I am reflecting on what it is like to watch a dearly loved parent slowly die.It really puts things into perspective. It is interesting when it only catches the conversation of friends for a few moments. Sad to say, we are not a society that understands the passing of life very well. A good lesson for me.
I am trying to keep things together here. Conferences I should attend, meetings I should go to. It is hard to tell people, I just don’t want to do any of these things, I am waiting on my father.
No one seems to get this.
I am the first to admit I haven’t been as good, nearly as good as I should have been in the past when friends of mine have gone through the loss of a loved one. Maybe now I will be better. Maybe now I will understand things better.
Life goes on through social media and more pictures of hikes, climbs, and runs. I just want to take a minute to stop and honour someone who I have loved so dearly.
Dad, we love you.
7 thoughts on “The Dying of the Day”
Paul. I understand.
Hold his hand. Tell him you love him and that you know he loves you.
Stroke his head.
Tell him stories. Make him laugh.
Be. Be with him in his world.
Paul, my thoughts and prayers are with you and your family. Please, give yourself a break and look after you. You need time to process your grief and feelings. You need to take care of yourself for a bit now, take the time, please, for your own health. Everyone will understand. Sending my love and respect for you, Paul.
So sorry to hear this news, Paul. It is extremely difficult to watch a parent slowly pass. My mother has dementia and I can tell you that the past few years have been extremely difficult, and the journey to death continues. I do agree it is life changing, to go through this process. I have really struggled, and hit some real low points. Stay strong, stay true to yourself, nurture your soul. Conferences and meetings will always be there. Take the moments you have and cherish them. Sending lots of thoughts your way.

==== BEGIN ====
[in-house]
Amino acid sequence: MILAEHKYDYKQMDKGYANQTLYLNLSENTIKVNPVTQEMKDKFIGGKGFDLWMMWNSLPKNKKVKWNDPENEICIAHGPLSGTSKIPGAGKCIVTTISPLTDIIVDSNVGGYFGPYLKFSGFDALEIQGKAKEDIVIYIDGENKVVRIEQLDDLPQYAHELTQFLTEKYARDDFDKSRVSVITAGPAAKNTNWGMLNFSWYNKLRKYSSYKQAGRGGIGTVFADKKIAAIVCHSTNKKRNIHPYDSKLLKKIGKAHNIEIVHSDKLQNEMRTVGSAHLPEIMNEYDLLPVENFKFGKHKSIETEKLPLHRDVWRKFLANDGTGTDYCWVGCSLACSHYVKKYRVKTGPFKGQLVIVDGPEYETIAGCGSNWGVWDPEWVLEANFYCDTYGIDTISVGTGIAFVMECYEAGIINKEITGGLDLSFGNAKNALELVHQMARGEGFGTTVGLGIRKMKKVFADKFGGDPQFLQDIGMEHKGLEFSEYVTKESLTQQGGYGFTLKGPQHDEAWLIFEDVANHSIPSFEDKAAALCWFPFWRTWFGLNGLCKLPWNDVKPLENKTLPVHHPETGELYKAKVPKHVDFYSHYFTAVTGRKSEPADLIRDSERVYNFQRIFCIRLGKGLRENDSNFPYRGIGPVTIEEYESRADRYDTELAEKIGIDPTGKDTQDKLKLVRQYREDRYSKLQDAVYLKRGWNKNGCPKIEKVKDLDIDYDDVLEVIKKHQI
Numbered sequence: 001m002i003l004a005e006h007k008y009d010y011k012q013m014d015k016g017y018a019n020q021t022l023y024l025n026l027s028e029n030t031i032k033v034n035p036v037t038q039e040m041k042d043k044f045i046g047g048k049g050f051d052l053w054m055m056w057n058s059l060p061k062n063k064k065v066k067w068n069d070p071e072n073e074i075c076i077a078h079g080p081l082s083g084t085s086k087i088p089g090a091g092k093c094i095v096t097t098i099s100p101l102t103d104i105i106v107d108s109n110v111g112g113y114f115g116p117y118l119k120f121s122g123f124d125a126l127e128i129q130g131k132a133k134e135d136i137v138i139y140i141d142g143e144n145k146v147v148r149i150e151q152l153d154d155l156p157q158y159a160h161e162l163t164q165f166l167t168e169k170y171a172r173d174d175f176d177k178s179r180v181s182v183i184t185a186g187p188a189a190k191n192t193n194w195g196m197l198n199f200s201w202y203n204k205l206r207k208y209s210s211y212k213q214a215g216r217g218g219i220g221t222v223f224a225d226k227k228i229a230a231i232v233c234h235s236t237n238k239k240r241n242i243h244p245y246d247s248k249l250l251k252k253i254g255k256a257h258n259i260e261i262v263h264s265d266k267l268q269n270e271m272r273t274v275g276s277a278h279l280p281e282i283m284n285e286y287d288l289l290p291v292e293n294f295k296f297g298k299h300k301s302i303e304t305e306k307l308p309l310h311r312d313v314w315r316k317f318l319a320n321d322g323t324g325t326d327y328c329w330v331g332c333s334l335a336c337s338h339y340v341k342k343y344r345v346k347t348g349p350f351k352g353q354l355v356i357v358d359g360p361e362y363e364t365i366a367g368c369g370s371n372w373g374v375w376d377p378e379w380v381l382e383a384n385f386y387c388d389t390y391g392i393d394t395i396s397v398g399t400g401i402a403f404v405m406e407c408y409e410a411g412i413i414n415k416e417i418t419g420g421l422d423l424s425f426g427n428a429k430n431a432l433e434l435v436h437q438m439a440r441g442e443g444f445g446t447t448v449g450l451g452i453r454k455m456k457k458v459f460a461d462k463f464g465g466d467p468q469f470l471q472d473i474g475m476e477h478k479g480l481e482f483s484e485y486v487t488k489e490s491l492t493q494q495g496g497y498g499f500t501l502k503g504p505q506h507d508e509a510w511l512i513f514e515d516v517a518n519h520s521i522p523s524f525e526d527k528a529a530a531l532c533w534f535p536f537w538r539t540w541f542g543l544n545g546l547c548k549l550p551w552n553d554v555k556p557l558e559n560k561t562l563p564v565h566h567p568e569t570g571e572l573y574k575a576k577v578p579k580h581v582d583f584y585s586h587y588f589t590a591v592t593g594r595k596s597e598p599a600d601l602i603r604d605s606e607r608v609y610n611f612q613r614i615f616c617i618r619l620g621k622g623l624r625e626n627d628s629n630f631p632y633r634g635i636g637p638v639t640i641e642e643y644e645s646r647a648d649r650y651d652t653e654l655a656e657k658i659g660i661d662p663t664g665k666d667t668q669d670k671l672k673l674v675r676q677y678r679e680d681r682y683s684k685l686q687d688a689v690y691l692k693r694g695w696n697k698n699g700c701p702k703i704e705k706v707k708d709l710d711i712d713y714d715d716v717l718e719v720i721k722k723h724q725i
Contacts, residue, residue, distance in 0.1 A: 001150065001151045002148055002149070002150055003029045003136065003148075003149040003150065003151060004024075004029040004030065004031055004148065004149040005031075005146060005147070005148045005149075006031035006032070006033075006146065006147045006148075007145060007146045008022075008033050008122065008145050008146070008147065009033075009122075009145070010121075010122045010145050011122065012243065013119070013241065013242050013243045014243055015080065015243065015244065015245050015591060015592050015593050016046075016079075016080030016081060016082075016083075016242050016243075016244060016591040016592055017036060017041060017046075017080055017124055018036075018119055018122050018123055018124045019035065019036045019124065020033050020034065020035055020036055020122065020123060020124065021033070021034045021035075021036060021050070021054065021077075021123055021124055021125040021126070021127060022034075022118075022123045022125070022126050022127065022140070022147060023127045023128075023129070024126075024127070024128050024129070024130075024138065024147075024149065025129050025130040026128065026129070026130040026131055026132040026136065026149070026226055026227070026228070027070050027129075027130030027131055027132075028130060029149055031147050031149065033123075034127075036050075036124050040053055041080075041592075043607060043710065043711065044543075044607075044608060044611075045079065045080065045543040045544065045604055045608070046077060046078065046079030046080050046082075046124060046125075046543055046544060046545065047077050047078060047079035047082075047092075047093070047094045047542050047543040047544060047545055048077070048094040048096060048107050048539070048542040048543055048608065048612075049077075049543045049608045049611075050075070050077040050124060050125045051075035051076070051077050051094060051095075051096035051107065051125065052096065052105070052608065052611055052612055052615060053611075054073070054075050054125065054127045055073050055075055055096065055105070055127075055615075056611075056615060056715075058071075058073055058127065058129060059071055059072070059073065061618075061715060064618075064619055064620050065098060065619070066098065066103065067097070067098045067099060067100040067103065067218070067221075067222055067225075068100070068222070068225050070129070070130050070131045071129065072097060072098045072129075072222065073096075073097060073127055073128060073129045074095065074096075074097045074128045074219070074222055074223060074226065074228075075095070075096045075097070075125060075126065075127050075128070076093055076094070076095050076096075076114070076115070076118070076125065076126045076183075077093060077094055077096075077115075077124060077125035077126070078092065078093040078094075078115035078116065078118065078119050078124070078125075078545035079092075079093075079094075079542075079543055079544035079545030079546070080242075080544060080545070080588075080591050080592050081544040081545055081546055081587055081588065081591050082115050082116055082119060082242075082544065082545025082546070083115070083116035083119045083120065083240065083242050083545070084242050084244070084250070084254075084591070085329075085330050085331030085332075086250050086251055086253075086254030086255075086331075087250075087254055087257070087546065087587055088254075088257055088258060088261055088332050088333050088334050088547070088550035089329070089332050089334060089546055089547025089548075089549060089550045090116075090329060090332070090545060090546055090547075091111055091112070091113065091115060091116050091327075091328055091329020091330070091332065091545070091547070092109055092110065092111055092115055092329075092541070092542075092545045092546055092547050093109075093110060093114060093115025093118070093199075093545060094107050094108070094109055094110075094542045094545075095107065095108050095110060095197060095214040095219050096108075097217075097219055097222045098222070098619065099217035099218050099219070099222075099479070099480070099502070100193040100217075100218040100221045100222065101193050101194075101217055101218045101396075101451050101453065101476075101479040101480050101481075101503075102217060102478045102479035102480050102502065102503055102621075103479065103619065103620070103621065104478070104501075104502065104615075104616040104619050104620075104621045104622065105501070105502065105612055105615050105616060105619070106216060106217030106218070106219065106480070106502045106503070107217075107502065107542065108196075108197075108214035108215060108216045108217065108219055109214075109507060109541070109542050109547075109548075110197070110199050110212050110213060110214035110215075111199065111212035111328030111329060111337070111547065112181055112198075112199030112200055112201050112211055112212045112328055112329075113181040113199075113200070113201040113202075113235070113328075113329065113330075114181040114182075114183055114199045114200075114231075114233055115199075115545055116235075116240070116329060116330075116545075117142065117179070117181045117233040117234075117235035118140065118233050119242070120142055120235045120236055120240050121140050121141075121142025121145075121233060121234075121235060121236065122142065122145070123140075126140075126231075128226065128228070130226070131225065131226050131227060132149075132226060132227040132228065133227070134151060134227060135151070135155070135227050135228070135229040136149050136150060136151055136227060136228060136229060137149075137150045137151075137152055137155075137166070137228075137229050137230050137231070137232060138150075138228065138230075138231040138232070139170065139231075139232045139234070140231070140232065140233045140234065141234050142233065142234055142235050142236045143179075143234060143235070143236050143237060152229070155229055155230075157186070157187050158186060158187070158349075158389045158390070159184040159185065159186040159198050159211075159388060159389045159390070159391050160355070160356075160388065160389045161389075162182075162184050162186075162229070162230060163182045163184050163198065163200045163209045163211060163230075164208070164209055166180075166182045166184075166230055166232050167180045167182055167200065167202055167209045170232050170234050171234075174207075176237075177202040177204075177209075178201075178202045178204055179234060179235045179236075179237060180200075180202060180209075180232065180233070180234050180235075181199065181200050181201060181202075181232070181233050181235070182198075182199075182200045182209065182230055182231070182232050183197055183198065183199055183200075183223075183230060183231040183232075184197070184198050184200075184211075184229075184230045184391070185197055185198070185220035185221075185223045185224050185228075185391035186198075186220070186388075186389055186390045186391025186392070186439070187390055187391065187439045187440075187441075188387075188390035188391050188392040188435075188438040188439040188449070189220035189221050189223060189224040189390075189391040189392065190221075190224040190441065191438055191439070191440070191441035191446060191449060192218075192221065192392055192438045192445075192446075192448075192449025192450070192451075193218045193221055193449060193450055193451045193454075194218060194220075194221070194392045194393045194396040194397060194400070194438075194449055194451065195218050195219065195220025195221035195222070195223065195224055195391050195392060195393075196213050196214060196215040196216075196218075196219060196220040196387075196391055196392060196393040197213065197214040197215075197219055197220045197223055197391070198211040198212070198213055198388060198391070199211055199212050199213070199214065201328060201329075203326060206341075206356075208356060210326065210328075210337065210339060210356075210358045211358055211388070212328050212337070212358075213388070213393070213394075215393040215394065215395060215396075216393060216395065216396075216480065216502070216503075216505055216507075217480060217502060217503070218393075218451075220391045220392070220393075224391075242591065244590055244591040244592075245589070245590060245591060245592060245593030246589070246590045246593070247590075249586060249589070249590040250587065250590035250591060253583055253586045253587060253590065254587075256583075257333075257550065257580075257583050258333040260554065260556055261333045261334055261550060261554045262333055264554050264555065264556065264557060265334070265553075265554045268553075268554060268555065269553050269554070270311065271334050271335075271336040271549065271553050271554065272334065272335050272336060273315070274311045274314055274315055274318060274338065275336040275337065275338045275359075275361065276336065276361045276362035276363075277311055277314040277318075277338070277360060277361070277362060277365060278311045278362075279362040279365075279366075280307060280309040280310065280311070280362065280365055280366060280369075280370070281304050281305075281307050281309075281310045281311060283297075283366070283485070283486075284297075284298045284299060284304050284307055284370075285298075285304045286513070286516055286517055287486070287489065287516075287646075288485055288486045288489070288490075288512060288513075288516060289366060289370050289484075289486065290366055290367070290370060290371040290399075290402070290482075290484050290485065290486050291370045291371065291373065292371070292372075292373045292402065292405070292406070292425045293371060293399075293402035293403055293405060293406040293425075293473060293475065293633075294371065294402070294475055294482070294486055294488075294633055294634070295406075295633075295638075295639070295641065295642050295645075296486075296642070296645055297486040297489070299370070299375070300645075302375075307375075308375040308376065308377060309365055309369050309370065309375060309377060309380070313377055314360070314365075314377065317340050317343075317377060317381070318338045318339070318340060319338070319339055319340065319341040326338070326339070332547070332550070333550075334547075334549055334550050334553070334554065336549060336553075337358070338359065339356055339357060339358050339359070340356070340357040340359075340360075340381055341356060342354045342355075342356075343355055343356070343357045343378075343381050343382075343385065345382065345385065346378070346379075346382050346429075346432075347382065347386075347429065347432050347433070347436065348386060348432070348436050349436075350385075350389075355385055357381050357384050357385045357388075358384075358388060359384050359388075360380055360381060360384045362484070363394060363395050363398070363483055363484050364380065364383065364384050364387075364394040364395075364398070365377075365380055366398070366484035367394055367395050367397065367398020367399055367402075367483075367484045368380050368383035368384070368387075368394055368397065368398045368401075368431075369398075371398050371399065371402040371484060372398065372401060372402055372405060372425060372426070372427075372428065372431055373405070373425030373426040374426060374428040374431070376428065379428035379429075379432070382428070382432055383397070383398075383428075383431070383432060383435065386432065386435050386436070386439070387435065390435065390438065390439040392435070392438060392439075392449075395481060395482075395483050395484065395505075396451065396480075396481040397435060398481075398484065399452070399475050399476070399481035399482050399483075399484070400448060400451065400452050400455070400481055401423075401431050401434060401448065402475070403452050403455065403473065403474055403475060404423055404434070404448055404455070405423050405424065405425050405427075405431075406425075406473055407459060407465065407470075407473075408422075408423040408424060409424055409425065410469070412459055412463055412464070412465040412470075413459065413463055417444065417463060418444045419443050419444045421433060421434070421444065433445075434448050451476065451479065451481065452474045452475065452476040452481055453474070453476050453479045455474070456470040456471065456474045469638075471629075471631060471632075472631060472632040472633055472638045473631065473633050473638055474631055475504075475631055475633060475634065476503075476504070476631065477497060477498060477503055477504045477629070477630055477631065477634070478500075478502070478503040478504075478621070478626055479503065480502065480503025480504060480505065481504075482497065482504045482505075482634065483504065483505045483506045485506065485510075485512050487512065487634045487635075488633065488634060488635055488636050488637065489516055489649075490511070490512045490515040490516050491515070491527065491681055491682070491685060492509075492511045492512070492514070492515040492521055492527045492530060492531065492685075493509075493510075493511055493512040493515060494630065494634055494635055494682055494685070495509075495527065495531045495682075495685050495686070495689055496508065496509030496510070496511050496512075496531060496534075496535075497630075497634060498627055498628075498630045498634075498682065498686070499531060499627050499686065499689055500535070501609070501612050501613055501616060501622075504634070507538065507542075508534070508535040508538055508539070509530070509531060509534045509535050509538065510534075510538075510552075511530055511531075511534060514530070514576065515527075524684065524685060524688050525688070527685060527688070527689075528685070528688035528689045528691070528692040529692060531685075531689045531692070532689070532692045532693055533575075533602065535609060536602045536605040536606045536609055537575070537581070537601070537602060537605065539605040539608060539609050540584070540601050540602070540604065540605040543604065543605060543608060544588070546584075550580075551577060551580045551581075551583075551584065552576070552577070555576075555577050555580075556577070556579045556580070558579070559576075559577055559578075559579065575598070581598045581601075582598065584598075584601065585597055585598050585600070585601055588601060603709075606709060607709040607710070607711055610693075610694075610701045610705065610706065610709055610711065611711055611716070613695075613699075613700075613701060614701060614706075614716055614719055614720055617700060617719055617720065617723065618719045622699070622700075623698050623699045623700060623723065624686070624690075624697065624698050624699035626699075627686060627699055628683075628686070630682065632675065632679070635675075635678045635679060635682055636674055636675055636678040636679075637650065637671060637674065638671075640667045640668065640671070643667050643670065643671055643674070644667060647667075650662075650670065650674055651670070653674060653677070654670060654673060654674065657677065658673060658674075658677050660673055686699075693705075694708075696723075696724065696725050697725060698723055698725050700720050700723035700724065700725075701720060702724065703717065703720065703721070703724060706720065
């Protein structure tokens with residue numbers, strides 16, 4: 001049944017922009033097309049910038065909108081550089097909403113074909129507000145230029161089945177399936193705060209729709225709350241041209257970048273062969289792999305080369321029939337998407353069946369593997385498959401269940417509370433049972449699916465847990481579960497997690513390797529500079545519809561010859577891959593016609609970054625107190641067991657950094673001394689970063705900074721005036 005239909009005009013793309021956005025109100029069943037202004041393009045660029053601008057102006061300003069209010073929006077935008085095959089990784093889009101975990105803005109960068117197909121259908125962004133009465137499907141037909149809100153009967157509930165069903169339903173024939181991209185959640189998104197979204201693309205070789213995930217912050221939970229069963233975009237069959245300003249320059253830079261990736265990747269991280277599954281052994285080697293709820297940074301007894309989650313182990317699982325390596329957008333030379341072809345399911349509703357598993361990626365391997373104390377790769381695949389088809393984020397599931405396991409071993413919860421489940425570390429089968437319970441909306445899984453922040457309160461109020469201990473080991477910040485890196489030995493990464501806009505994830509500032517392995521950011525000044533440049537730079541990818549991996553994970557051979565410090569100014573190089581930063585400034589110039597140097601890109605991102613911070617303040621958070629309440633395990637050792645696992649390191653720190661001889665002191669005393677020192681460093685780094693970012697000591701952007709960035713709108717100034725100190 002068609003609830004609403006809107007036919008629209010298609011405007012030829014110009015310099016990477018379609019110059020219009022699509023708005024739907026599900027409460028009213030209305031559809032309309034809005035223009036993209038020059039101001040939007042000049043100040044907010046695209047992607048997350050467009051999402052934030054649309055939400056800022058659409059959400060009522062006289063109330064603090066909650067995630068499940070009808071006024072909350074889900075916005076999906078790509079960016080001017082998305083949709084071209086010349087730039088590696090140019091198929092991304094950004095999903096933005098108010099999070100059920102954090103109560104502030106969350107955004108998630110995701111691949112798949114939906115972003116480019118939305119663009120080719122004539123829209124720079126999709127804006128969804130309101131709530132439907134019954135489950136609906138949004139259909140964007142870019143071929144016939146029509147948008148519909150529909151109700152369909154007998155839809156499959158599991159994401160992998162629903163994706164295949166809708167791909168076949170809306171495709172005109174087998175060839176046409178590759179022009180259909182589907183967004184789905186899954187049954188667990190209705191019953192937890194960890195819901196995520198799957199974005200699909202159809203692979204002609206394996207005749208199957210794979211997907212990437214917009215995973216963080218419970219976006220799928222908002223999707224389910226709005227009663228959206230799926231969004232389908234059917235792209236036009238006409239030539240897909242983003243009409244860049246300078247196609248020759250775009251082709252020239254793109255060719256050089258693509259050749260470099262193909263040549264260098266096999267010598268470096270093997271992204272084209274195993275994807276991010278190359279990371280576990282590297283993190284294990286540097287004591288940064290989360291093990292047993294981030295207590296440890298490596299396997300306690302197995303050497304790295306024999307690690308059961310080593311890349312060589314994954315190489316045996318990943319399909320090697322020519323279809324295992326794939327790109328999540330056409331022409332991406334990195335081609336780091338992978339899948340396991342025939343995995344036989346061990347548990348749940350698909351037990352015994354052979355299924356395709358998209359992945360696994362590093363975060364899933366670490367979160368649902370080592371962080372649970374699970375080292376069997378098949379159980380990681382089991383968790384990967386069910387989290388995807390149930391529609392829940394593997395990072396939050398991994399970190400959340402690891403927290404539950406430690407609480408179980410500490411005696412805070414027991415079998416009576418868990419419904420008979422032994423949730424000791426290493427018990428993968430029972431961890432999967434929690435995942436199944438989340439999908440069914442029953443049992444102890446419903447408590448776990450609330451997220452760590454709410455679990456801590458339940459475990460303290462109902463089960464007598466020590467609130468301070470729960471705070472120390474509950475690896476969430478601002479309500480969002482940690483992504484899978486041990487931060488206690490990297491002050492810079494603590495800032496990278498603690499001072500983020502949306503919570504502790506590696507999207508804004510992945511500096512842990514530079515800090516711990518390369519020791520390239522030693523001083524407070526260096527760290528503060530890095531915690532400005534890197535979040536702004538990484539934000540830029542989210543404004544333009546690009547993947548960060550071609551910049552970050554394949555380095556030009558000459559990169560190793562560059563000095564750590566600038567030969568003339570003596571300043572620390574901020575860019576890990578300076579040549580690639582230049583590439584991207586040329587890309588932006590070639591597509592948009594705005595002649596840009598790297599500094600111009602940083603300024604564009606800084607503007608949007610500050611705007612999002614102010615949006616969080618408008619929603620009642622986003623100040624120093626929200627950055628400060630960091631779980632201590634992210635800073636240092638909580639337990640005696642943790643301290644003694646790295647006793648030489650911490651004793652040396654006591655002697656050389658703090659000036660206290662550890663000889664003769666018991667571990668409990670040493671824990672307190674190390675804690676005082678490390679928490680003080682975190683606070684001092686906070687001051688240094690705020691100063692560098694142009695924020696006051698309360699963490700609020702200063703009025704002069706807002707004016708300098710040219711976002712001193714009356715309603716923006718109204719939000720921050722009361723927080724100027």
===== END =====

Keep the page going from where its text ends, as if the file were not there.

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Paul, my heart goes out to you! I didn’t watch this happen, but I did experience my dad’s sudden death at the end of September. It helped me put a lot in perspective. Sending you my thoughts and prayers during this difficult time.
Paul, sending hugs. I lost my dad 13 years ago this fall, way too soon, to the hell that is ALS. Your sentence about waiting on your father did me in. Take some time, do all the things the always-wise Peter Skillen says to do. Bring love. I sat beside my dead and read “Inkheart” out loud to him, because it was what I was reading at the time, and I thought he’d like it. At the very least, it eased my experience of his passing,
This is such hard stuff. The other thing that I did, because I was two weeks into a job at a new school, was to tell everybody (colleagues and students) what was going on. There was no opportunity to obfuscate, because I needed their support. People who haven’t been through it will have trouble – people who have will help. Trust them to carry you.
Thanks Lisa. Really good advice. It is an on-going struggle.